Fans will accept losing to the likes of the Celtics, the Lakers, the Magic and the Cavs. What will infuriate them is losing badly at home to teams in the bottom halves of their conferences. If the Knicks aspire to respectability, games in the Garden against the likes of the Pacers are games they simply must win.

Being blighted by inconsistency is no way to prepare for the Lebron James and the Cleveland Cavaliers. The return of the King threatened to be a blow out on paper and so it proved. The game was over was as a contest after one quarter after 19 points from Lebron secured a 40-21 lead. Despite the Knicks playing decent defence in the game’s opening possessions,  the Cavs still started seven for seven. James drained three pointers, created two easy baskets with quality passing, made a buzzer beater and even found time to pat Larry Hughes on the arse after successfully launching a three in his face.

Aside from a couple of mini-runs, the Knicks fell listless for the remainder of the game. Unhappy with the lack of heart and passion shown by his experienced players, Mike D’Antoni gave second quarter minutes to rookie Jordan Hill who made an energetic five-minute cameo during which he made three of five field goals and turned the ball over twice.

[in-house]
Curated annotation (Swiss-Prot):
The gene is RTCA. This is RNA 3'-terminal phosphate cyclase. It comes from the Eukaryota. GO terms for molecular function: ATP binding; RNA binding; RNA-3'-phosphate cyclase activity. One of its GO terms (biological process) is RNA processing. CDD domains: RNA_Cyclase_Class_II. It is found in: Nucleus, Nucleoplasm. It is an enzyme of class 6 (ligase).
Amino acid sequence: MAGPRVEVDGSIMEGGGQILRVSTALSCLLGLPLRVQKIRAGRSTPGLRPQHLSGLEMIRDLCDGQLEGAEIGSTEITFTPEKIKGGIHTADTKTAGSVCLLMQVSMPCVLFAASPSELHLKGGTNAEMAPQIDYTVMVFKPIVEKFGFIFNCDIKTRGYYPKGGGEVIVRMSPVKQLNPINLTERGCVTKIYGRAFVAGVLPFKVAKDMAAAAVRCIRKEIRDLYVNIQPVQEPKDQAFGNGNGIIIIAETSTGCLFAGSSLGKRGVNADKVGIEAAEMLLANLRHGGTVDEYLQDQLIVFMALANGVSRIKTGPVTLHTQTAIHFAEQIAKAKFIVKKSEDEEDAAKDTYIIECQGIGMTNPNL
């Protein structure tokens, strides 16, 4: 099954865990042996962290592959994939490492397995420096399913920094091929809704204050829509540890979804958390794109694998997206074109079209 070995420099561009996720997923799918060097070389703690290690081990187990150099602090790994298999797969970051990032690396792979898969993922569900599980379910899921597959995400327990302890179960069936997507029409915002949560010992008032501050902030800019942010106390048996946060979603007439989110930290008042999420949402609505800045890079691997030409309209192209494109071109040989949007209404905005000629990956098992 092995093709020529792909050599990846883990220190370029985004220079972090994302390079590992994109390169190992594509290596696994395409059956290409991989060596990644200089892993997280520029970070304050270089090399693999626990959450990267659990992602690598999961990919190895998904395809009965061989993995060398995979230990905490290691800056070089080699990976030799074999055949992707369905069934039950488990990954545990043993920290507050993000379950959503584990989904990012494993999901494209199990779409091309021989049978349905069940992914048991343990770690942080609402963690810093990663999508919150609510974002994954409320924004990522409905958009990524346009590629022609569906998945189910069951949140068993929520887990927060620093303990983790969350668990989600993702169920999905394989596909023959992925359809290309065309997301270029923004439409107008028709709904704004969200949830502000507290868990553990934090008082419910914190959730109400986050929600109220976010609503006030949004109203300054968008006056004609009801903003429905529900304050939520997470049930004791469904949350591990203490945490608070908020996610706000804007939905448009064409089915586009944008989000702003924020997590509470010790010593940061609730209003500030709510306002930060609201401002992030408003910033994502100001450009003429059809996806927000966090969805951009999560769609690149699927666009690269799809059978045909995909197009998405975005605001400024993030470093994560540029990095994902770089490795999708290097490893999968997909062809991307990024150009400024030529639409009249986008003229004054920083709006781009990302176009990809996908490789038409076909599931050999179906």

As the game meandered to its inevitable conclusion, former Knicks-turned-TV-commentators Mark Jackson and Jeff Van Gundy lamented the Knicks’ ongoing “talent issues” and agreed that their failure to establish a low post and/or pick and roll game was the primary cause of the long periods of offensive stagnation and their field goal and three point shooting percentages. The Knicks reduced the Cavs’ 20 point lead to single figures in the dying minutes of the game to make the final score a semi-respectable 100-91 but that masks how inferior they were to their opponents. James’ 33 point, nine assist, eight rebound performance showed the Knicks everything they are missing. The man is supremely skilled but he is also a fine team mate and leader, revelling in the atmosphere at MSG and enjoying his team mates’ successes. As Chris Rock suggested when he was interviewed courtside, “when Al Harrington is your go-to guy, you know you are in trouble”.